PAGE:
I’m a gym rat, except I’m not. For years I’ve been at the gym three to four times a week. I’m an early morning person, getting there about 5:30 AM when they open. It’s a great way to start the day and it gets exercise out of the way. The pandemic changed all that for obvious reasons. I work out at home on the same timetable. I hope to return to the gym in 2022.
When my wife and I go on a cruise, I pack two sets of gym wear. Ships often have great gyms.
- Change clothing in the gym? Because the ship is like an enclosed apartment building, it’s easy to change into your gym clothes in the cabin, workout and head back to the cabin to shower and change. There really isn’t a reason to change and lockup your stuff in the locker room.
- Workout wear. Because you will be taking stair, elevators or walking along corridors, you should look presentable. If you were going from your cabin to the pool, you would wear a robe. Don’t wear the torn up gym shirts you would wear back home at 5:30 AM when you are one of the few people in the gym. Wear your better workout clothing. FYI: According to PR newswire, the US sport and fitness clothing market is about $ 63 billion. People own great clothing for working out.
- Towels. I used to think I needed to bring one from the cabin. Nope. They have plenty in the gym, neatly rolled up. They should have baskets for discarded towels too.
- Gym location. The gym is often part of the spa complex, located on an upper deck towards the bow. This allows for great sea views. The gym often stretches the width of the ship. They line up the treadmills, exercise bikes and ellipticals along the big windows. The location poses an unexpected problem: If during rough weather, the place getting minimum rocking is on a low deck midship, a high deck close to the bow gets lots of motion! If they cancel the night’s entertainment because of risks for the dancers, you’ll feel the same movement in the gym too!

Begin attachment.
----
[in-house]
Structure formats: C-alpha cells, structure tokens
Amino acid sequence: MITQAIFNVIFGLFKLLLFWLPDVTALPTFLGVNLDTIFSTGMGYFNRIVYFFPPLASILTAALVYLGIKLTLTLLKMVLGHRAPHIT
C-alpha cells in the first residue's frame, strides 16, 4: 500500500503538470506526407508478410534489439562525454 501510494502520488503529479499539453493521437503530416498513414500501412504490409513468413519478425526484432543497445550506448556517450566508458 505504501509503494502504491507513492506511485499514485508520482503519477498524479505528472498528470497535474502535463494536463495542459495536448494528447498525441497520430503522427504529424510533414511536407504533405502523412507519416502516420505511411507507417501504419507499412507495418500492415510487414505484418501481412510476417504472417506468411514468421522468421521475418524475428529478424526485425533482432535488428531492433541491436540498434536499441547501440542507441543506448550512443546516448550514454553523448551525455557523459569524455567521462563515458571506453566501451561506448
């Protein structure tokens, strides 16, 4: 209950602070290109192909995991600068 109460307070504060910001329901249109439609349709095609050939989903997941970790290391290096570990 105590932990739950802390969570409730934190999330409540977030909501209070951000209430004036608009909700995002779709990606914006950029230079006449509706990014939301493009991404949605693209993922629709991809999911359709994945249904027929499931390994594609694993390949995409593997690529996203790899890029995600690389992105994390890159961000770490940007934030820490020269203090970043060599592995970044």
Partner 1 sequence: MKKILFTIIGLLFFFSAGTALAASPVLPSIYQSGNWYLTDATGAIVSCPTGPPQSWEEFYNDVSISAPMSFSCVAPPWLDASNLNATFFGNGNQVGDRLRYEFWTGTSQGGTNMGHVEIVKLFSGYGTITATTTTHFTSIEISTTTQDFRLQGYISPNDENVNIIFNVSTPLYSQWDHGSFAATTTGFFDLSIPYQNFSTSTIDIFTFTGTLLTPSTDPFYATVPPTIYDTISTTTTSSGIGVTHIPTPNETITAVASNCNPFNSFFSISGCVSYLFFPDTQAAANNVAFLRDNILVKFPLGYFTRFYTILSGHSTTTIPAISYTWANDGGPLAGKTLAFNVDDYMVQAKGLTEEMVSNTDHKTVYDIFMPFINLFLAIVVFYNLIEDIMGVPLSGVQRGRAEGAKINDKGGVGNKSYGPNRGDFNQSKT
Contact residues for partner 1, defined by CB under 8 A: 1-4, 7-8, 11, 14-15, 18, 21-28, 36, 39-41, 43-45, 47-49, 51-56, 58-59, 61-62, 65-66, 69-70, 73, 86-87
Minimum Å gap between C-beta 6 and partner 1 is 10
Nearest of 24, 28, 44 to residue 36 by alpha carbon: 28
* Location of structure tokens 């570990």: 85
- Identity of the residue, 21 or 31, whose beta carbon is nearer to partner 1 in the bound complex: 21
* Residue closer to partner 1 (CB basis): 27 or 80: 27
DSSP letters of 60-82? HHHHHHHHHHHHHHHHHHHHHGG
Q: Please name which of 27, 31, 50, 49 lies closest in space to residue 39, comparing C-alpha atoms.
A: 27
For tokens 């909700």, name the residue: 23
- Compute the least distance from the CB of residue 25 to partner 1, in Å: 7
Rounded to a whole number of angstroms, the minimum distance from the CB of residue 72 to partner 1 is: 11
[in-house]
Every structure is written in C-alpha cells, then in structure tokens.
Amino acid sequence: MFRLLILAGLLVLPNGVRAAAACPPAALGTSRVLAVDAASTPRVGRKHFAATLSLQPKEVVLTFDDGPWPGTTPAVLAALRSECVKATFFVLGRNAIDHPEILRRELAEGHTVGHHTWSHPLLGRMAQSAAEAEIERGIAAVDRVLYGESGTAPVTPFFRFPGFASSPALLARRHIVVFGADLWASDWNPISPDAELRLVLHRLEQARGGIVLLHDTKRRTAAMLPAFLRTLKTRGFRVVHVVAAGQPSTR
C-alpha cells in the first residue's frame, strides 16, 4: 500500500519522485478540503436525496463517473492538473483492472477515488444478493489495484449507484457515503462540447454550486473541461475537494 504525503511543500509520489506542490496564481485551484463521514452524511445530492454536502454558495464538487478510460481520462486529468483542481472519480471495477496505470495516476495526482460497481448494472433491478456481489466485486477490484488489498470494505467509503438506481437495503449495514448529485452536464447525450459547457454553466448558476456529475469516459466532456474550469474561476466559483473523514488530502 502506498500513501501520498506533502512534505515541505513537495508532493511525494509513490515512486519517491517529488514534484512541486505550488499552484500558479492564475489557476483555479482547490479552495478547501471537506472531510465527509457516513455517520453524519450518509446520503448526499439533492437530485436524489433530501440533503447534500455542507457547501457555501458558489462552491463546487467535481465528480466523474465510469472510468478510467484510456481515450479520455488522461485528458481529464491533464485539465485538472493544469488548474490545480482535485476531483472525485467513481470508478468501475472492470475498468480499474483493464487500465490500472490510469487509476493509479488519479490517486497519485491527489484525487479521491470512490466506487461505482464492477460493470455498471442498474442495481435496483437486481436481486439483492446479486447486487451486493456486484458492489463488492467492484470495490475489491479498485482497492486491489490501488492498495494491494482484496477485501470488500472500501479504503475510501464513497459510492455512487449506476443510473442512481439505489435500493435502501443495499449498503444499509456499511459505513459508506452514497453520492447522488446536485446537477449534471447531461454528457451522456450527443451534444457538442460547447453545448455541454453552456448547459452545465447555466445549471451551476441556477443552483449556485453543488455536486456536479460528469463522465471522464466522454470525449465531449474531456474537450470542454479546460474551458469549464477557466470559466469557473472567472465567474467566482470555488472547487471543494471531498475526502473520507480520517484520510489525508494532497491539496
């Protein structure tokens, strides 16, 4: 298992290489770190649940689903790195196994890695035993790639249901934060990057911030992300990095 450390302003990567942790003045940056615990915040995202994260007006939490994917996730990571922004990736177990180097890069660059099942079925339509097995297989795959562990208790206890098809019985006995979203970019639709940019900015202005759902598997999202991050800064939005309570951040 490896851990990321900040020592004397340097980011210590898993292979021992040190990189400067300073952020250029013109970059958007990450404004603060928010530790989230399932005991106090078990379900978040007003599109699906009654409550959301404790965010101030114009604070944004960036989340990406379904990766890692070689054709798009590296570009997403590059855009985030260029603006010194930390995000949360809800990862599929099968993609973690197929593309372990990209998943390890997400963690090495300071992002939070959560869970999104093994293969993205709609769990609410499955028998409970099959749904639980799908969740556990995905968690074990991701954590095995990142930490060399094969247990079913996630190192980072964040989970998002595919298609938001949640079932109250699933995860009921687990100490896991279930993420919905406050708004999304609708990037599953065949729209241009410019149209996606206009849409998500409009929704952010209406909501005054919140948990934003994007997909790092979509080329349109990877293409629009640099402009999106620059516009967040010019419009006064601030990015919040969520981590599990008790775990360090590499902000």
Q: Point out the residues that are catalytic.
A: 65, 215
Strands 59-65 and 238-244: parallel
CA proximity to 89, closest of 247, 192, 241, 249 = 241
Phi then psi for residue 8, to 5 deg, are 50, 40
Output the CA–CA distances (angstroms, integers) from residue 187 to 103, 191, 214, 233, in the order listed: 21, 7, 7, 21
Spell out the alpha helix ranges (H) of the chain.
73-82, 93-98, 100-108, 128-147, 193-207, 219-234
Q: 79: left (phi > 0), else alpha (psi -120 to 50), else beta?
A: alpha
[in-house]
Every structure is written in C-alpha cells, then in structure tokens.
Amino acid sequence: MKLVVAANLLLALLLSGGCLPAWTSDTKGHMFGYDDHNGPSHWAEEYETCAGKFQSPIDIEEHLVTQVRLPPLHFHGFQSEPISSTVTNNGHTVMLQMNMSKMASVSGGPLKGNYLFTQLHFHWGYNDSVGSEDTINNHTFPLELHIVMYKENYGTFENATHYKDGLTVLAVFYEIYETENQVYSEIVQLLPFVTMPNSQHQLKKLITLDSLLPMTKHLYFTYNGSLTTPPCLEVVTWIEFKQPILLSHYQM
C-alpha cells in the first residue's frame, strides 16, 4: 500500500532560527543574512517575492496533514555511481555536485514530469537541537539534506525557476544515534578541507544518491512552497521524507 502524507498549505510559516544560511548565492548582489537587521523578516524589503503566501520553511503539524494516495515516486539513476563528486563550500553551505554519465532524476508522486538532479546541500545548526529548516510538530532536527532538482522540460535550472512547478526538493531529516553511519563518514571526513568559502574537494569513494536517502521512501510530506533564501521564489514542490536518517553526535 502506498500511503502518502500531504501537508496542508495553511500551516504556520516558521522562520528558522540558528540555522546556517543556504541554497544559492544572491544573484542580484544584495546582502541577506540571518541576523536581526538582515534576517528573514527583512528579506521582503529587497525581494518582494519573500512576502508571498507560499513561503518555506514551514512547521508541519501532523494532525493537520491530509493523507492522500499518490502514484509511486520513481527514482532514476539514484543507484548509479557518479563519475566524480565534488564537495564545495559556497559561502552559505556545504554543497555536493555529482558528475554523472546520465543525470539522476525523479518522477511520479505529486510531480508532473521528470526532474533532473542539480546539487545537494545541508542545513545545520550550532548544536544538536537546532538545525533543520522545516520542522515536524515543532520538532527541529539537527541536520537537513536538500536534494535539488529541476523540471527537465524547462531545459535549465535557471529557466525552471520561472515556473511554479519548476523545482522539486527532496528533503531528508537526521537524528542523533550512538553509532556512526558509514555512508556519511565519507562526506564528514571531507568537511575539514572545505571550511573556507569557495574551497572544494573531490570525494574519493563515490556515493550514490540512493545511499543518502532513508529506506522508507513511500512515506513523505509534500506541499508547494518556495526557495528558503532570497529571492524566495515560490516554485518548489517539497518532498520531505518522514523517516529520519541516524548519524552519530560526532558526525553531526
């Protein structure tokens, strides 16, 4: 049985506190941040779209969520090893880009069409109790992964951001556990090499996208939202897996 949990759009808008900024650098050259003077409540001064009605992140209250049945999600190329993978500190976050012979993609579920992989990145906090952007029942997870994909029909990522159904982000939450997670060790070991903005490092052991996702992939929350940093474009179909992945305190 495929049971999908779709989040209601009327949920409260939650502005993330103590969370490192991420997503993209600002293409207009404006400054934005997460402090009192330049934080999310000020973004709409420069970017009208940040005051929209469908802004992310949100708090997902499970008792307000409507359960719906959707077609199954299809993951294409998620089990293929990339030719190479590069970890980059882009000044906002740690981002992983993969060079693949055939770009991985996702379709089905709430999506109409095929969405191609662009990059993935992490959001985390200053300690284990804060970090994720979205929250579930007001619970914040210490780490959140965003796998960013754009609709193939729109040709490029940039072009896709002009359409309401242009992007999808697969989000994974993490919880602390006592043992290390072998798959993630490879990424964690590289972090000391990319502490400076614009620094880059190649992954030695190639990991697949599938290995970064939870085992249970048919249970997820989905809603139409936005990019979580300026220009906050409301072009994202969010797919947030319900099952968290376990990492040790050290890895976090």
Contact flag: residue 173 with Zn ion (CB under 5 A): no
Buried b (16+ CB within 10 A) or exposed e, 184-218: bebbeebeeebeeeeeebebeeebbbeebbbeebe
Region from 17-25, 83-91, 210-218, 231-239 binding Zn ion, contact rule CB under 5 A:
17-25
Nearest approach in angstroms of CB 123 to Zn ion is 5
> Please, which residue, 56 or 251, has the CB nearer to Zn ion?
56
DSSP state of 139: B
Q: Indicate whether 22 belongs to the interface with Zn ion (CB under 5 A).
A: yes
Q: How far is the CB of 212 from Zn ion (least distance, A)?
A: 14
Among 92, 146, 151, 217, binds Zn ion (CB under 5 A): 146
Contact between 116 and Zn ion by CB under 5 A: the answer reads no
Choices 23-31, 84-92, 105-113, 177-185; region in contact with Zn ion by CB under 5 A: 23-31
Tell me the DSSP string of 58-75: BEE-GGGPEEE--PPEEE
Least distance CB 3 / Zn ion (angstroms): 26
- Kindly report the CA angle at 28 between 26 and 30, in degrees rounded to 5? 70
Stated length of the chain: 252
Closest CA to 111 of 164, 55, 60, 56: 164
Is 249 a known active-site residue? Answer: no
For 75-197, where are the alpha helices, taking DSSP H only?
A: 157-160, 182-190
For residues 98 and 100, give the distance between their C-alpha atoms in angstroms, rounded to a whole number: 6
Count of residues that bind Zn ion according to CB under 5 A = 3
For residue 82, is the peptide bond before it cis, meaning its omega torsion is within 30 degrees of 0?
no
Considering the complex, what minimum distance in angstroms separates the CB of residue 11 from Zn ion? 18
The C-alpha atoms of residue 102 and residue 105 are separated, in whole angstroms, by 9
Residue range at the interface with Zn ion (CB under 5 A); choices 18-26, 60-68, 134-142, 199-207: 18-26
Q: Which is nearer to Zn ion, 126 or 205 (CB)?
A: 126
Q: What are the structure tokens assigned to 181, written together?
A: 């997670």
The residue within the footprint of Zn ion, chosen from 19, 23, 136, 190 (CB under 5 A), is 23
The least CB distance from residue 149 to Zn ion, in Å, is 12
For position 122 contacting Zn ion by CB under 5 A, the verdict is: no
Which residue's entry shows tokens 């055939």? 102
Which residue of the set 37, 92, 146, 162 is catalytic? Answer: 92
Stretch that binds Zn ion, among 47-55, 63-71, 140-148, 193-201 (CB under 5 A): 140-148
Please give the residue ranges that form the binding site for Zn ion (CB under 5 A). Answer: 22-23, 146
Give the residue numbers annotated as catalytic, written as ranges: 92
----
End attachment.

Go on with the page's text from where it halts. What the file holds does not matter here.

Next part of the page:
- Rowing machines. They have them. They should be identical to the ones in your gym back home. Here’s another problem. I am used to rowing on a stable, flat surface that doesn’t move. The ship does! You can find when pulling back in rowing, you keep going back and you keep going forward when you reverse direction! The ship’s movement can also get you swinging side to side. I tried rowing onboard once or twice. That was enough.
- Free weights. They have them. Usually these are dumb bells. I don’t recall seeing weight bars with removable plates in the free weight section. Like the two points above, you need to compensate for the movement of the ship. Remember the law of physics, “A body in motion tends to stay in motion?” This applied to swinging weight in an environment where the floor moves.
- Machines. They have plenty of them. These are usually bolted down to the deck. The same rules apply as back home. You wipe down the machine before and after use. You are courteous, letting other people work in.
- Classes. I like spin class at my gym back home. They have spin classes and other instructor led classes onboard. They should have a schedule and sign up list in the gym. There will be a charge. Your gym at home might include them in your basic membership. Not here.
- Trainers. The ship will have a staff of trainers you can hire, similar to personal training back home. Each person’s qualifications are usually listed or posted nearby. These trainers often roam the gym floor when not engaged, because they are acting as safety officers in the gym.
Gyms at sea are great. You just need to get used to the movement of the deck!
Cover photo: Bicycle racer in Miami, Florida ©Dennis Cox/WorldViews